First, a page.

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I am working on a Prolog university assignment, where we have to determine what the shortest time is for 4 wounded soldiers to cross a bridge to safety. This seems to be a variation of the more common '4 people are crossing a bridge at night' puzzle.

The rules are that 2 soldiers can cross at a time, and they have to use a torch. After each crossing, 1 soldier returns with the torch. This process continues until all soldiers have crossed the bridge.

The crossing times for the soldiers are as follows:

  • Soldier 1: 25 minutes
  • Soldier 2: 10 minutes
  • Soldier 3: 20 minutes
  • Soldier 4: 5 minutes

I have written a Prolog program that does this calculation (using depth-first search). I just want to confirm whether my results are correct.

The shortest time is 60 minutes, with 2 possible combinations:

  • Soldiers 2 and 4 cross, taking 10 minutes (total time 10 minutes)
  • Soldier 2 returns with the torch, taking 10 minutes (total time 20 minutes)
  • Soldiers 1 and 3 cross, taking 25 minutes (total time 45 minutes)
  • Soldier 4 returns with the torch, taking 5 minutes (total time 50 minutes)
  • Soldiers 2 and 4 cross, taking 10 minutes (total time 60 minutes)

  • Soldiers 2 and 4 cross, taking 10 minutes (total time 10 minutes)
  • Soldier 4 returns with the torch, taking 5 minutes (total time 15 minutes)
  • Soldiers 1 and 3 cross, taking 25 minutes (total time 40 minutes)
  • Soldier 2 returns with the torch, taking 10 minutes (total time 50 minutes)
  • Soldiers 2 and 4 cross, taking 10 minutes (total time 60 minutes)

My program is giving me 108 total solutions. Is this correct?

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2 Answers 2

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I confirm that 60 is the minimum, and there are exactly 2 such optimal solutions. I solved this as a shortest path problem, as described here: https://math.stackexchange.com/a/3389988/683666

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In addition to RobPratt's answer about the minimum time, here's the answer to the number of solutions:

108 solutions does seem correct. It's a simple combinations problem where you need to find how many combinations of soldiers are possible to send over the bridge(nCr) and then multiply all results of the steps with each other.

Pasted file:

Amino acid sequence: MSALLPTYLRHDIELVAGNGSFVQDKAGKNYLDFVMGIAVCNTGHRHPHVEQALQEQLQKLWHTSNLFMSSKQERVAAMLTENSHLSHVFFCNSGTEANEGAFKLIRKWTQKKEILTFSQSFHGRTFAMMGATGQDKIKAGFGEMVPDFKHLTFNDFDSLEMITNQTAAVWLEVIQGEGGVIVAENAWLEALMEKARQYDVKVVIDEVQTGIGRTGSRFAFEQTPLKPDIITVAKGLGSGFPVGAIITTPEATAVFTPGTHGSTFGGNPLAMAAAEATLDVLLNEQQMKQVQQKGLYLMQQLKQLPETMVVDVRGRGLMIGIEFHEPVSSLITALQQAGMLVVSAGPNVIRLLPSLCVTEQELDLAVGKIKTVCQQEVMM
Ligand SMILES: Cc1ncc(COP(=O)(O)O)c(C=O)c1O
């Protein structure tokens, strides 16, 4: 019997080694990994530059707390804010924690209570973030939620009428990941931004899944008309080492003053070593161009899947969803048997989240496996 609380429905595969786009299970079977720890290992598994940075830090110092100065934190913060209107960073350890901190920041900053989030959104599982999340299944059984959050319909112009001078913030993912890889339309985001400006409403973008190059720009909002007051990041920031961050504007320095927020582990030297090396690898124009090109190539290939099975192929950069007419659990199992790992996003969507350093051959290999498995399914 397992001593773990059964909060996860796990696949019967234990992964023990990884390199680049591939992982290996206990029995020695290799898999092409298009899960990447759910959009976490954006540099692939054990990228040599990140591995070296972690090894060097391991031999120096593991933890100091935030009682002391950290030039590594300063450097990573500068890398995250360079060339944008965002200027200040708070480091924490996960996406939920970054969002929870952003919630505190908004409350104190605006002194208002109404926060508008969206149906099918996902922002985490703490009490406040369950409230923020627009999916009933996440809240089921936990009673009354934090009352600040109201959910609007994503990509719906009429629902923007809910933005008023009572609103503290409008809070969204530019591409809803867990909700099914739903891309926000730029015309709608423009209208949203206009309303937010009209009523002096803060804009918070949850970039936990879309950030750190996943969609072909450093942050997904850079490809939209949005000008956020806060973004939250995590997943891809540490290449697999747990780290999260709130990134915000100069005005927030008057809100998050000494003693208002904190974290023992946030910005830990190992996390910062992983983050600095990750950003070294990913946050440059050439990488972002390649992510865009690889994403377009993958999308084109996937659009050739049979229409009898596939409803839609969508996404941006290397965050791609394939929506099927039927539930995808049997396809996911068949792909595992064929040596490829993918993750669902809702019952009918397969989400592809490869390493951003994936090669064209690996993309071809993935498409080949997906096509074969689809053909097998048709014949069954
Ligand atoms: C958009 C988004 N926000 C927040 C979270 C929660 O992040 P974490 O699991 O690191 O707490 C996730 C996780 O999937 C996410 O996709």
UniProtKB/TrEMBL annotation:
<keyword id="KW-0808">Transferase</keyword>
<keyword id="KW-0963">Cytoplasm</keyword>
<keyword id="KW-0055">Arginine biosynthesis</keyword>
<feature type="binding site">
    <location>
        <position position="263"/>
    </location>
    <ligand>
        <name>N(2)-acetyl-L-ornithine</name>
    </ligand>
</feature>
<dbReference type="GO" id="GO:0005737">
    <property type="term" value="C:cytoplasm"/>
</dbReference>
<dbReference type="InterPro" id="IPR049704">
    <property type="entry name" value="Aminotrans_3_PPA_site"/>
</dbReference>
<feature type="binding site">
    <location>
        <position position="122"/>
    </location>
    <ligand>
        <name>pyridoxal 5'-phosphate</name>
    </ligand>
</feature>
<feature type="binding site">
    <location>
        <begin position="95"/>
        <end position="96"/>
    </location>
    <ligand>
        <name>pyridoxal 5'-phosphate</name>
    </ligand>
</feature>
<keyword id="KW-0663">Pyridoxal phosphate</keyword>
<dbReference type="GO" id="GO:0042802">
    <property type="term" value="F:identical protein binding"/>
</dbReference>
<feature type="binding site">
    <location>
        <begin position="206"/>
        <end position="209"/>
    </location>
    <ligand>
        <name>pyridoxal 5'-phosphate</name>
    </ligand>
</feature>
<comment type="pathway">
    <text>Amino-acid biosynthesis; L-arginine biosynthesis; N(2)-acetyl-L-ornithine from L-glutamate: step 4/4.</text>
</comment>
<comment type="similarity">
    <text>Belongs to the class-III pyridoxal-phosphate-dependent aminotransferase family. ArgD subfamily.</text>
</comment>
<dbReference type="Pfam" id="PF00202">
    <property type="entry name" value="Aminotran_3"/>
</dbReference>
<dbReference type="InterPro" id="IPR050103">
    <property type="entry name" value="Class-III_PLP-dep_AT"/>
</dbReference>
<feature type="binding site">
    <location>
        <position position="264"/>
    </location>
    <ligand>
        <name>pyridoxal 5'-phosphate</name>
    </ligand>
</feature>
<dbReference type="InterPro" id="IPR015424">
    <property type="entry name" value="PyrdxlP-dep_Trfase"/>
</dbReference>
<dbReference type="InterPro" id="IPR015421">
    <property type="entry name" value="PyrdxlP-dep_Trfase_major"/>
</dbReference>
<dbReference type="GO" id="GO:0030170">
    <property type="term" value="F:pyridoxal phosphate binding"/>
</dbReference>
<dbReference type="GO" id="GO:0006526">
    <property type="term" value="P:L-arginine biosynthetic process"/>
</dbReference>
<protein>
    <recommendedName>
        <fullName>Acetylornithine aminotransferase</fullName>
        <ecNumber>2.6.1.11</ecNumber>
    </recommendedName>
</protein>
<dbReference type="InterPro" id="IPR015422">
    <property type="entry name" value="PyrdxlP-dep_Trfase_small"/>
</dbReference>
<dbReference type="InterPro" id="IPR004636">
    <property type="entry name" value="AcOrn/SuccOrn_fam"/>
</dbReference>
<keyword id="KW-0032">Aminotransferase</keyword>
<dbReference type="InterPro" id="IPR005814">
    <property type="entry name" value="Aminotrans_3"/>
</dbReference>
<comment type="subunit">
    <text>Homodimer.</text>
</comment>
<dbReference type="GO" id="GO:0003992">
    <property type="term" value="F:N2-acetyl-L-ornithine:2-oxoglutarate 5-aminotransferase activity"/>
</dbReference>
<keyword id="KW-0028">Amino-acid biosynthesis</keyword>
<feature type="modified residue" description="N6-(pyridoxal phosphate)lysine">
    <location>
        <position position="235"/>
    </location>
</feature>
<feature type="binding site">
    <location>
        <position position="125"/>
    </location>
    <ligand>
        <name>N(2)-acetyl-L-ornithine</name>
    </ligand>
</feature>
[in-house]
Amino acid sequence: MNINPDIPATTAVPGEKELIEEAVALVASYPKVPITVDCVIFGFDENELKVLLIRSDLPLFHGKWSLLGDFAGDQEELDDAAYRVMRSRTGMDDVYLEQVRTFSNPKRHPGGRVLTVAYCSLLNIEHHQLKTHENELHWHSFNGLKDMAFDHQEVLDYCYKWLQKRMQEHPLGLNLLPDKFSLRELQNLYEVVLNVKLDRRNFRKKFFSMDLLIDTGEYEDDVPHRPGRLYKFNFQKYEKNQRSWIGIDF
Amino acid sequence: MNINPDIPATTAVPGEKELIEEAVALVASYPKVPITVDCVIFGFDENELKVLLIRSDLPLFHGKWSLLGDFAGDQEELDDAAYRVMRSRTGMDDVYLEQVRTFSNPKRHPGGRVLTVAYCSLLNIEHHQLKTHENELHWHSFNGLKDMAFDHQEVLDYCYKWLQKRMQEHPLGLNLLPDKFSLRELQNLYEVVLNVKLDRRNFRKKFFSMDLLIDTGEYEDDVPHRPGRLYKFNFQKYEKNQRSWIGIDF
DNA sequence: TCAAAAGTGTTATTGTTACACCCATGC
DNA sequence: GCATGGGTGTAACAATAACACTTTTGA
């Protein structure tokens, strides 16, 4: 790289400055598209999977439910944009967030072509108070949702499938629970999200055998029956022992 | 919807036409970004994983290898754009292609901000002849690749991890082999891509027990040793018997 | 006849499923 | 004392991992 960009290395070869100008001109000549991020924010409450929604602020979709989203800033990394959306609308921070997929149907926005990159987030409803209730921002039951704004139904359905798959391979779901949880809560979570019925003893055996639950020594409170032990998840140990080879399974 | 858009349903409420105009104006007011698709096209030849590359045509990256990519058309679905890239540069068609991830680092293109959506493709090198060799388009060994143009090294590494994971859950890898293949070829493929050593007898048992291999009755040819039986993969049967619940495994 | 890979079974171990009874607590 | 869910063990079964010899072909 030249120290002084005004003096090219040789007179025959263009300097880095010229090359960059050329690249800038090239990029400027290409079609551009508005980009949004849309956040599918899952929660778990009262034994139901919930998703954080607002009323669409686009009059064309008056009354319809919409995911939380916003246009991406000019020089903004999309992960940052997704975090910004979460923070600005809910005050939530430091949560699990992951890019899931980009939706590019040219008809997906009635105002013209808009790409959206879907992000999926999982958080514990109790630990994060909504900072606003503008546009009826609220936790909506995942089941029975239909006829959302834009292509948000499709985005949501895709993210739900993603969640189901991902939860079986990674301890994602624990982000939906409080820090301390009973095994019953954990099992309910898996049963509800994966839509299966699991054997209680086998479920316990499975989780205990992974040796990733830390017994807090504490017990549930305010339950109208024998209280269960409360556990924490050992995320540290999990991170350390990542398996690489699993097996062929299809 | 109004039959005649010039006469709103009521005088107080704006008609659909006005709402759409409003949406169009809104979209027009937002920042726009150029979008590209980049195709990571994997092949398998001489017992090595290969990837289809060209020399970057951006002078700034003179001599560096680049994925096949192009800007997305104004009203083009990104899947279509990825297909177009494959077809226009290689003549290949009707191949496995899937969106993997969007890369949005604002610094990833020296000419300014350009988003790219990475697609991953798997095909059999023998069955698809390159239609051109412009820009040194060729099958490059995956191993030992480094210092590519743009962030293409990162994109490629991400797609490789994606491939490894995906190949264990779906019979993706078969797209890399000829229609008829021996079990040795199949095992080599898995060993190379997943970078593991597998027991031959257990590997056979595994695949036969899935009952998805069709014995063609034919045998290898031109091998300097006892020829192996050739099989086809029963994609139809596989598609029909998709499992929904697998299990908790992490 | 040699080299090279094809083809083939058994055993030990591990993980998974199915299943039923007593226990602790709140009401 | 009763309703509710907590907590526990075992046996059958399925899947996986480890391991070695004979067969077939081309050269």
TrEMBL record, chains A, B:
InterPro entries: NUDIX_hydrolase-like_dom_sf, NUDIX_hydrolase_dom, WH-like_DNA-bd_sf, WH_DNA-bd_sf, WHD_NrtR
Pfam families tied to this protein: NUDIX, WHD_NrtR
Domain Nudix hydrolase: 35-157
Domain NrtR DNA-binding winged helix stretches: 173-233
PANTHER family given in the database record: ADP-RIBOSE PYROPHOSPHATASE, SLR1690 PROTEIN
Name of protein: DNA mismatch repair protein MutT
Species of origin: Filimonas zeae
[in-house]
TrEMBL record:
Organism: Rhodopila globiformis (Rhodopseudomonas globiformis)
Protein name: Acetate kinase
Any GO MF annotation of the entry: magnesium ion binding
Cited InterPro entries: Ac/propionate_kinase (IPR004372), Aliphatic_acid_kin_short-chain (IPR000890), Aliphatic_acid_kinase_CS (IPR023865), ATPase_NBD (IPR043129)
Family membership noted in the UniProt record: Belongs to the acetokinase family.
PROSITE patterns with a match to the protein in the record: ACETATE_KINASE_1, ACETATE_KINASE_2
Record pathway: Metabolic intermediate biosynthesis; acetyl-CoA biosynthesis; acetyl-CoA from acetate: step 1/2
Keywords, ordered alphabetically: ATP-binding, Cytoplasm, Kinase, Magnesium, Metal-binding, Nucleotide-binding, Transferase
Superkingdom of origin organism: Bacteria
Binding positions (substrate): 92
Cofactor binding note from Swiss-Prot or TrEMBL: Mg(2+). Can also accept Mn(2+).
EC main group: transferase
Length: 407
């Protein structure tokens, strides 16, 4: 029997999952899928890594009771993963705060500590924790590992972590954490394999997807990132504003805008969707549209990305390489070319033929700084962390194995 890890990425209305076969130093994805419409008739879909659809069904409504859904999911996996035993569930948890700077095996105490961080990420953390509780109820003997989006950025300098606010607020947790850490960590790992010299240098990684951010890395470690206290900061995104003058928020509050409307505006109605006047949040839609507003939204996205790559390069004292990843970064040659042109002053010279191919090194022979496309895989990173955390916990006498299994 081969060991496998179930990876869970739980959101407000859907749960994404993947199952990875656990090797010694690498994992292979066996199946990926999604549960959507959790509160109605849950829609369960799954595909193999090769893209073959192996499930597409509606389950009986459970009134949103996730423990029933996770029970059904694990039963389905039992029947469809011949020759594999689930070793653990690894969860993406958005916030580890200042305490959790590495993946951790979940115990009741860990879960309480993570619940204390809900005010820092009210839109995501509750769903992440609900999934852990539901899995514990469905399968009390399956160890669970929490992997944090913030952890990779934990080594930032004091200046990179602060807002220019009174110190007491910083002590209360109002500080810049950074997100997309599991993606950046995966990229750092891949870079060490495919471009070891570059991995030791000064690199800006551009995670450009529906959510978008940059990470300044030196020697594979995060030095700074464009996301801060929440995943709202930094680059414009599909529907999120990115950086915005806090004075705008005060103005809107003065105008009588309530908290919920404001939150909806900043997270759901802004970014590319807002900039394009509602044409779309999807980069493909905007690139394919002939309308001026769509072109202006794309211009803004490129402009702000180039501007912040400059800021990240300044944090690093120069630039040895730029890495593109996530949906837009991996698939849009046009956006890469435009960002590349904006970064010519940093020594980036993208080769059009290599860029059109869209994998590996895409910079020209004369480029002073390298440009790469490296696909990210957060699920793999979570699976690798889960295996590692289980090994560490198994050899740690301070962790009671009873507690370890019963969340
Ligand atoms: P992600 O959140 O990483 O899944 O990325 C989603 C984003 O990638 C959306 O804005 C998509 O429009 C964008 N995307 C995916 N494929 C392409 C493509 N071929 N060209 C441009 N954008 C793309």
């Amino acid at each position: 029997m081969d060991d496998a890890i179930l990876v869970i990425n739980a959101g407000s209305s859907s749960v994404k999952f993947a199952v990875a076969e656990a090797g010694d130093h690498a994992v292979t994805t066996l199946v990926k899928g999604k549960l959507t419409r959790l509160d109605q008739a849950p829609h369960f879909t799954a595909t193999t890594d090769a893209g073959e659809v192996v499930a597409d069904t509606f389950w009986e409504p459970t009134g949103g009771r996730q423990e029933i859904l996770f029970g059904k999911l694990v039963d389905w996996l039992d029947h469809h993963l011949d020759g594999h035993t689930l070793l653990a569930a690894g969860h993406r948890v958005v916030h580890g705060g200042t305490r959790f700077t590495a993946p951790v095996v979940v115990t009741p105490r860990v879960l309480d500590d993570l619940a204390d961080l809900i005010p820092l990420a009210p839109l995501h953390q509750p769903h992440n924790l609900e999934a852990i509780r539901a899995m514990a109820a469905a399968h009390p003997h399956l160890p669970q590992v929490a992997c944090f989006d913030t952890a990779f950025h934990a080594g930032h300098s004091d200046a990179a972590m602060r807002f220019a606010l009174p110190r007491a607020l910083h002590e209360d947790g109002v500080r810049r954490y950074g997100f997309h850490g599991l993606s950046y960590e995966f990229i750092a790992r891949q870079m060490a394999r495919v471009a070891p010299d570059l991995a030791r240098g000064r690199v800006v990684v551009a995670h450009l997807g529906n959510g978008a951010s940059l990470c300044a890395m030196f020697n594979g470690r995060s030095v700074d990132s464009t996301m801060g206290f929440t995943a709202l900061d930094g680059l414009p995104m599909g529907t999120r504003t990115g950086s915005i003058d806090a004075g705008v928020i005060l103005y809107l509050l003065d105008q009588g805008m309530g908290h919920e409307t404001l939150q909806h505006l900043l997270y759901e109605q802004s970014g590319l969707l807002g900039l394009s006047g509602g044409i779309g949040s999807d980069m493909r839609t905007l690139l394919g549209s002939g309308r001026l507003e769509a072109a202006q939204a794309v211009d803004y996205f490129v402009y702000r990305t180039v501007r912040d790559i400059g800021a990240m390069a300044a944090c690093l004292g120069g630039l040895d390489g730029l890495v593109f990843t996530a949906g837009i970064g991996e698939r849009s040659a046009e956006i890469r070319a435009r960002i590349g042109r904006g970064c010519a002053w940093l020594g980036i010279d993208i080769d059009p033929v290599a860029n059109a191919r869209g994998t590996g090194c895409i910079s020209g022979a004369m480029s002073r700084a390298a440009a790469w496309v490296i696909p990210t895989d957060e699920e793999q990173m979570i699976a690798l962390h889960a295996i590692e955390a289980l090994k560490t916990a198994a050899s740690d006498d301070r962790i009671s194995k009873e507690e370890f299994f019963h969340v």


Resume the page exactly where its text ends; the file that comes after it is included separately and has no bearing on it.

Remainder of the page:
At first we have 4 soldiers on one side and 0 on the side. 2 of them cross, leaving 2 on one side and 2 on the other. There are $4C2 = 6$ different ways to choose the first 2 soldiers:

1, 2
1, 3
1, 4
2, 3
2, 4
3, 4

Then, 1 of the 2 should go back($2C1$), there are only 2 combinations. Then we have 3 soldiers on the first side, and 2 of them should cross, which is $3C2 = 3$. Next step is to send one of the three soldiers back to get the last soldier($3C1 = 3$) and as the last step both remaining soldiers cross the bridge(2C2 = 1).

If we then multiple all possible combinations with each other, we do indeed get 108:

$6*2*3*3=108$

Note, that this number is a minimum as long as you follow your rule of "2 soldiers can cross at a time, and they have to use a torch. After each crossing, 1 soldier returns with the torch". If at some point you decide to only send one soldier to the other side or send two of them back to the beginning, the number of "solutions" will approach infinity

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    $\begingroup$ I also confirm that there are 108 paths of length 5 from source to sink. $\endgroup$
    – RobPratt
    Commented Aug 11, 2023 at 17:34

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